November 27, 2021


Technology/Tech News – Get all the latest news on Technology, Gadgets with reviews, prices, features, highlights and specificatio

Without ruling out reprisals, Johnson is trying to smooth things over with France

by Elizabeth Piper

ROME (Reuters) – British Prime Minister Boris Johnson said on Saturday he could not rule out trade sanctions against France next week, amid a conflict between the two countries over fishing.

Boris Johnson, who is hosting a UN climate summit next week, insisted he did not want this row with Paris to jeopardize the G20 summit in Rome, which is seen as a springboard to get more commitments for COP26 Glasgow. .

Britain’s exit from the European Union last year exacerbated tensions in its relations with France, and negotiations over fishing rights, with limited economic impact, had previously been long and difficult, with even Great Britain not leaving the bloc.

Emmanuel Macron took a new step on Friday in this struggle by questioning the “credibility” of Great Britain and accusing him of wanting to amend certain parts of a treaty signed last year, notably on fishing rights.

“If there is a breach of the treaty or if we think there is a feature, we will do what is necessary to protect British interests,” Boris Johnson told Sky News on Saturday from Rome, where he is attending the G20 summit.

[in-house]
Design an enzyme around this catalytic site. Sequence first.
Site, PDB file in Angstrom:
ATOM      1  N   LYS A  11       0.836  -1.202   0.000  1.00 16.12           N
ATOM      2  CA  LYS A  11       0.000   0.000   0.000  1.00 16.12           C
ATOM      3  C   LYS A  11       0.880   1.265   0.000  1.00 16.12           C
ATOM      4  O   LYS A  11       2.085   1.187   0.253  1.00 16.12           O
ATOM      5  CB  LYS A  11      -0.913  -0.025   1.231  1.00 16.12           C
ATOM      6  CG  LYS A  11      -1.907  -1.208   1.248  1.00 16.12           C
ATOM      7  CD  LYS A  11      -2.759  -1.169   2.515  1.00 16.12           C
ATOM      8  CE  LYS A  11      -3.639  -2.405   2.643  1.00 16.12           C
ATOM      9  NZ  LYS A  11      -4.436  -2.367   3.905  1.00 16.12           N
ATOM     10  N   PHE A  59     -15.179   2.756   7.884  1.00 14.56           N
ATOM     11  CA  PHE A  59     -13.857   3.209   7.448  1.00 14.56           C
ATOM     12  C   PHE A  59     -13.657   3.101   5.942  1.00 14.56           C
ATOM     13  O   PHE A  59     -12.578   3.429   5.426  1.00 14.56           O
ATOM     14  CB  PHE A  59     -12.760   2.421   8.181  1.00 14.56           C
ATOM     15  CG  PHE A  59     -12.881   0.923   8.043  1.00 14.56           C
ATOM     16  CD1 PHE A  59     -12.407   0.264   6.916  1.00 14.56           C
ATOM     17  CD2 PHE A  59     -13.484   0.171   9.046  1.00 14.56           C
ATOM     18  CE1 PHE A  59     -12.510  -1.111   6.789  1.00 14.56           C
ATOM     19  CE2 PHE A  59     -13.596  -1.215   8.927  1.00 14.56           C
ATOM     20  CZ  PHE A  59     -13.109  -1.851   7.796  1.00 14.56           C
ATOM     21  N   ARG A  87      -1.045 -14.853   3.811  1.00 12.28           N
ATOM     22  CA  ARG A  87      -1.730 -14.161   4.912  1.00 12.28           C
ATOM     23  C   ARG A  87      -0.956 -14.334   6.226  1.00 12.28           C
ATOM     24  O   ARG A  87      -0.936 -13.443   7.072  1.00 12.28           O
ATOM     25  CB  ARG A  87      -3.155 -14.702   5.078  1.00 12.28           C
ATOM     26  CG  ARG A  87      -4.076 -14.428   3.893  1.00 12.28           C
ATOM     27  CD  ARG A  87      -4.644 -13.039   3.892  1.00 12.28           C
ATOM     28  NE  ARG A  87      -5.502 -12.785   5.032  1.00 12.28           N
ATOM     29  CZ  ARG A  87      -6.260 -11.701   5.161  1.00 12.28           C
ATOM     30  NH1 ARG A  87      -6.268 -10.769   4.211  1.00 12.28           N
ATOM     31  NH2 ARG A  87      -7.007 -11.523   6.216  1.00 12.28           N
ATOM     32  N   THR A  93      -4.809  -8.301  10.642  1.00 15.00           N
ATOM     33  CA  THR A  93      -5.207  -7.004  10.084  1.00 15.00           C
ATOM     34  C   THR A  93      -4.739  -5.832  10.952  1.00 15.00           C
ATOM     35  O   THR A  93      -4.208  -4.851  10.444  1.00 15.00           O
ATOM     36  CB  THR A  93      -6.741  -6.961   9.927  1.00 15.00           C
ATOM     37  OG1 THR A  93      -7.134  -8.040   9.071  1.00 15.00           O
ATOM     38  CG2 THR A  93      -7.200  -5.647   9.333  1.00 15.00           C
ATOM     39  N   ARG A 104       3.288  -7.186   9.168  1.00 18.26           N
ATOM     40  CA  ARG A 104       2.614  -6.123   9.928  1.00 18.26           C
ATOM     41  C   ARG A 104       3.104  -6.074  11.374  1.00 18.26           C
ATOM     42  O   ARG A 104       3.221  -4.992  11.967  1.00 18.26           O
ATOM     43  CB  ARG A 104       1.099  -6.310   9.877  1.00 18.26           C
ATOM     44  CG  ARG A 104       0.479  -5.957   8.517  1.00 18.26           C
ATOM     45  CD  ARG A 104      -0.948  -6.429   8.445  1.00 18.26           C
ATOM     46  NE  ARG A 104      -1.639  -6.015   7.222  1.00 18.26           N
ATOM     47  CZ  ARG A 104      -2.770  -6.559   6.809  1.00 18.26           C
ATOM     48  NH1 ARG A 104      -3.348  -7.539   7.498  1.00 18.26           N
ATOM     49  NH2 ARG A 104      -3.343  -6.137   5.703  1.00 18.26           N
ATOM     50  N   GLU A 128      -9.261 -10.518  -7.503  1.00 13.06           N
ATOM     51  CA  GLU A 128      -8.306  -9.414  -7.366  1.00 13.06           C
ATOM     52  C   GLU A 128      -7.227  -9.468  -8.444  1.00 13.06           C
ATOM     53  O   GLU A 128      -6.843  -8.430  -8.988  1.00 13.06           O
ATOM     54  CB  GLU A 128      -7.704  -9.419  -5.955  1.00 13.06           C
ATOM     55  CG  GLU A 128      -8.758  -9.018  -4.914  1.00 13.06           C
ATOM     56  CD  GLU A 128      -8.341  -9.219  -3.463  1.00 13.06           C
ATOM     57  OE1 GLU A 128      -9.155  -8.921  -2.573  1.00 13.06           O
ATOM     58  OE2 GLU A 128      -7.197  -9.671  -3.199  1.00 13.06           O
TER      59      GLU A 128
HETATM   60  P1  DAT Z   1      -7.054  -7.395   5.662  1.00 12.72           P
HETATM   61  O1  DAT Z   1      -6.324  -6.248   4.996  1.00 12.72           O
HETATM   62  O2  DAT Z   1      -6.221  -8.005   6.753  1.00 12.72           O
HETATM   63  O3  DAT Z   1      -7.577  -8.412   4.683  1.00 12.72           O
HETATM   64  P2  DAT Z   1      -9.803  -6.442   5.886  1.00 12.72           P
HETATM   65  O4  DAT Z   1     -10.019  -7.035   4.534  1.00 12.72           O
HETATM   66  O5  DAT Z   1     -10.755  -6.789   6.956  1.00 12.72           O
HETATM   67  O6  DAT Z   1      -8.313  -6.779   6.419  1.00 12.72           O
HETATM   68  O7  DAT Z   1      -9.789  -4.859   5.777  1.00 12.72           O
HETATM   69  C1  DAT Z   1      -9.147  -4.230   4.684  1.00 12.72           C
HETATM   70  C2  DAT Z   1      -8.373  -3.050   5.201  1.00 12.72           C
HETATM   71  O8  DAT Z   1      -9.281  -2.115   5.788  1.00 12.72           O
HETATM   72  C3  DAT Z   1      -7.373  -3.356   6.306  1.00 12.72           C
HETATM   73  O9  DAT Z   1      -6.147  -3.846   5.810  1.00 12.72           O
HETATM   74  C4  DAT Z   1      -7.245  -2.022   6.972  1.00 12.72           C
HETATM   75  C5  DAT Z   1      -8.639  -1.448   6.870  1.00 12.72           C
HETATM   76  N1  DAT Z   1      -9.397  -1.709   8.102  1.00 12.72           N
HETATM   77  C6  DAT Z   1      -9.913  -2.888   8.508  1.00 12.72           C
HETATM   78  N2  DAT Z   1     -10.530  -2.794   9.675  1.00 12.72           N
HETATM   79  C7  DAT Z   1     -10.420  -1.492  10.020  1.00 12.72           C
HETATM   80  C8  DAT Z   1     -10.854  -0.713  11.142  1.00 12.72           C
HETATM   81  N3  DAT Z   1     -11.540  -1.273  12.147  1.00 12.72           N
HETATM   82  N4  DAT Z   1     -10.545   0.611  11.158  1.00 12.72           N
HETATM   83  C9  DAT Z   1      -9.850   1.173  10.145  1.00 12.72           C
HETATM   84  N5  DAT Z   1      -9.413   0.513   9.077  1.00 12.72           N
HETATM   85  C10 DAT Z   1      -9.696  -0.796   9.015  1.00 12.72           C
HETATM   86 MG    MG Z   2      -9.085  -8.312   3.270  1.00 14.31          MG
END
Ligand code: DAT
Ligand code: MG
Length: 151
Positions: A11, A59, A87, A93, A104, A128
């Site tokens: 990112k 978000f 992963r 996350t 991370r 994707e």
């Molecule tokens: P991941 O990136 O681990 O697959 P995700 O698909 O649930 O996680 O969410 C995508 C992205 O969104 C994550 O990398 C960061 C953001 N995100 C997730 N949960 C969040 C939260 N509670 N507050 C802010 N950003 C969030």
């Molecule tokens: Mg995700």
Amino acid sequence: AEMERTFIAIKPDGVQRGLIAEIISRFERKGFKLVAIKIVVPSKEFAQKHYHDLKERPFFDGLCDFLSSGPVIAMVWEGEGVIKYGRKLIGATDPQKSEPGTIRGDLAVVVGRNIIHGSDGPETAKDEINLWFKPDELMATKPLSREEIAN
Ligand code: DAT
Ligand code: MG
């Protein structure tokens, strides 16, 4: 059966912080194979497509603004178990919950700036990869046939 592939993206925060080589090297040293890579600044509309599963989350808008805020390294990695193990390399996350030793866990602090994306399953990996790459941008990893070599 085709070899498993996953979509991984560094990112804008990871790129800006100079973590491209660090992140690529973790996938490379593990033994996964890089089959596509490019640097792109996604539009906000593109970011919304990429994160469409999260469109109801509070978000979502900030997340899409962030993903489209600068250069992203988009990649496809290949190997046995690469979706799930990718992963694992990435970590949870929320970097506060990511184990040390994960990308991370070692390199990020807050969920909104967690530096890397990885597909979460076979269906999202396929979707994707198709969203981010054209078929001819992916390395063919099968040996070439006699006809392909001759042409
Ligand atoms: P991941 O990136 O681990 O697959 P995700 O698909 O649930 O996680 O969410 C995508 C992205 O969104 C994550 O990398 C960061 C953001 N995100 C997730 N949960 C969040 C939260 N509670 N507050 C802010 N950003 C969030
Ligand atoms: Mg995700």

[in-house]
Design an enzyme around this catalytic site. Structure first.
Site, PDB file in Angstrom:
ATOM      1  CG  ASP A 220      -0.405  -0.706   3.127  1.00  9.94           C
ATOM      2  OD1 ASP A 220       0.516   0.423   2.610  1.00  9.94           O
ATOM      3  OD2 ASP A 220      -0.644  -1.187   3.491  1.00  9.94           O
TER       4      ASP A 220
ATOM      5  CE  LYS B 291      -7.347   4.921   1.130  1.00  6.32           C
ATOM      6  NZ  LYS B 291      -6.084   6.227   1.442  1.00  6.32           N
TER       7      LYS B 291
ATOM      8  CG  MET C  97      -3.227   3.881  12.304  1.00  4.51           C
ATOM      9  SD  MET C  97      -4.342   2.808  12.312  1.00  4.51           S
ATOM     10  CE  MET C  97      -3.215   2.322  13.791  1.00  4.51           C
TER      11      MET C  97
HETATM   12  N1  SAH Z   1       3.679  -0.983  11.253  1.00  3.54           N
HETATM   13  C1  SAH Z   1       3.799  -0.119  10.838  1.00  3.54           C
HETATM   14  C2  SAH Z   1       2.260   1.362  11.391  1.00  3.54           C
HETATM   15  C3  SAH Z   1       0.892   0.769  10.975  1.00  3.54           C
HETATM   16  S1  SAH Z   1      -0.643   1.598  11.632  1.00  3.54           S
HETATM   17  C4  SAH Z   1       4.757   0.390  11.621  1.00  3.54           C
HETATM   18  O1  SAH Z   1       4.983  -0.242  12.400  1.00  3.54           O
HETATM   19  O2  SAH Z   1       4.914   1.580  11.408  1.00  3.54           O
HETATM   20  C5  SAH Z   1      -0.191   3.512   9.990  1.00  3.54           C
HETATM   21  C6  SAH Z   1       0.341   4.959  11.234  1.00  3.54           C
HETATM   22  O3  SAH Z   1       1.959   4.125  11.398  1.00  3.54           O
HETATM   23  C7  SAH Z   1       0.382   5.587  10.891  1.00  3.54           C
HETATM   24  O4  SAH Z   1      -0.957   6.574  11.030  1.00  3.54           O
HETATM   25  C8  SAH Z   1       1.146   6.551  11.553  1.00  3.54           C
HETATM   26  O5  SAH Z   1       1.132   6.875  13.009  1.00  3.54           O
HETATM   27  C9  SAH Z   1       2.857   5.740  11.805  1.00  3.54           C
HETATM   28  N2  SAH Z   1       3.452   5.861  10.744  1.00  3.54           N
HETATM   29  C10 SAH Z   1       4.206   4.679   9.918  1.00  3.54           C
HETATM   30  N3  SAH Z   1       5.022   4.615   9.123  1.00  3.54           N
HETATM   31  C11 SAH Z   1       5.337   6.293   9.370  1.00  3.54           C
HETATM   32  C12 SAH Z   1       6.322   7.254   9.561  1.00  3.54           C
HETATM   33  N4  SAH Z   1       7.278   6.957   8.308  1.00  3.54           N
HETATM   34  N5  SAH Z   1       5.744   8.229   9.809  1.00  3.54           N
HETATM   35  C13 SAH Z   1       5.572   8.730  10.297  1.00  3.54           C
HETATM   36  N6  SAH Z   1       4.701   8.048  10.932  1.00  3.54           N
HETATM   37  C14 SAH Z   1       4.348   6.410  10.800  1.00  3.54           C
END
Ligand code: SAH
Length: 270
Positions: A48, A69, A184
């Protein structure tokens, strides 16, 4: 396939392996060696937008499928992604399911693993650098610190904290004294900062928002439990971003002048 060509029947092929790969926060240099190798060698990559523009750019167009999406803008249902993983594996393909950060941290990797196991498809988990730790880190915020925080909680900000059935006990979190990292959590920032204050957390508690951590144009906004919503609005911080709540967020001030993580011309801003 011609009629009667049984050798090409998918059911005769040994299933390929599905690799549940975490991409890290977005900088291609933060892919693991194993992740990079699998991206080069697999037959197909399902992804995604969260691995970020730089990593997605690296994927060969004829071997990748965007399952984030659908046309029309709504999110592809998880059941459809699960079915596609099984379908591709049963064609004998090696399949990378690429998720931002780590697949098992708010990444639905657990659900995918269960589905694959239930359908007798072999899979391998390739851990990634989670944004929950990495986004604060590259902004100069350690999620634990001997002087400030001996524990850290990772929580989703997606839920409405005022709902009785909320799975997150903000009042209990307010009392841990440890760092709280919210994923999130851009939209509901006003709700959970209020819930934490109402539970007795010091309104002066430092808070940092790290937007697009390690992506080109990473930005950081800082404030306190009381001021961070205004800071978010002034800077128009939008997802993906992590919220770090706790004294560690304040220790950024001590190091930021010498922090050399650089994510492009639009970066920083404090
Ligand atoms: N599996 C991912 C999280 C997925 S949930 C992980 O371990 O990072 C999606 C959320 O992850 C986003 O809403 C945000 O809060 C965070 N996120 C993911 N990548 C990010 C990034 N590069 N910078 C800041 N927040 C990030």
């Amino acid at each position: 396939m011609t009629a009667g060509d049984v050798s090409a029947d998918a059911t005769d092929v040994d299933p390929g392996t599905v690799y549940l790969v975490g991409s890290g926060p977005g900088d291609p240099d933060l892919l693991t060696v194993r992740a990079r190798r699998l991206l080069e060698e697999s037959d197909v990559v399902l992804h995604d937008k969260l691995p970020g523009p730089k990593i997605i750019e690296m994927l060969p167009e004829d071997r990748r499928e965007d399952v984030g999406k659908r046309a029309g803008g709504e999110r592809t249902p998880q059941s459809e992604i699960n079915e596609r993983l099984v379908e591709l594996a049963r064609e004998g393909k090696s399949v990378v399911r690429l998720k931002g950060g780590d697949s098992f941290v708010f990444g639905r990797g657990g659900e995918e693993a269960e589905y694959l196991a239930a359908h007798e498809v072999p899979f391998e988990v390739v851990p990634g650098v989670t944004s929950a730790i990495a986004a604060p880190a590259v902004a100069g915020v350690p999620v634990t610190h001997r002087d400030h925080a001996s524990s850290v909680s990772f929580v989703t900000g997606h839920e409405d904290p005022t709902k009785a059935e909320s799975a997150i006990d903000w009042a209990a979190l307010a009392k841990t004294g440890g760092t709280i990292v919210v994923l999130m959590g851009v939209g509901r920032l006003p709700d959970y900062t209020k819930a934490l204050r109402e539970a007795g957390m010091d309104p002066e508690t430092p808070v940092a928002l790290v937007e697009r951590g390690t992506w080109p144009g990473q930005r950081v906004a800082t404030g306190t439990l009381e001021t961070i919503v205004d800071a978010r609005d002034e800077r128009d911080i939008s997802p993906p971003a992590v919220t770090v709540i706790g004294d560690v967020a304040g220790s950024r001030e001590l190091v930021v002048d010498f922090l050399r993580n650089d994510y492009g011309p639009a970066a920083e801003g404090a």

When asked whether he would rule out retaliatory measures next week under the so-called Trade and Cooperation Agreement, he replied: “No, of course, I do not rule out this possibility.”

“But I think everyone wants to see cooperation between European allies, and I (French President) Emmanuel Macron share a common perspective, knowing that climate change is a disaster for humanity and that we have the tools to tackle it,” he added. .

See also  A BOLA - «I don't know who are the smartest who organize the calendar» (Brazil)

Emmanuel Macron and Boris Johnson are expected to hold an informal meeting this weekend on the sidelines of the G20 summit.

France has long accused the UK of giving its fishermen an insufficient number of licenses to access British waters in light of the commitments London made to the European Union in its Brexit agreements.

Paris ended up announcing on Wednesday a first set of retaliatory measures that will go into effect on November 2.

A British fishing vessel has been frozen in Le Havre since Thursday for fishing, according to France, without a permit in national waters. (Report by Elizabeth Piper and Michael Holden, French version by Jean-Michel Plott)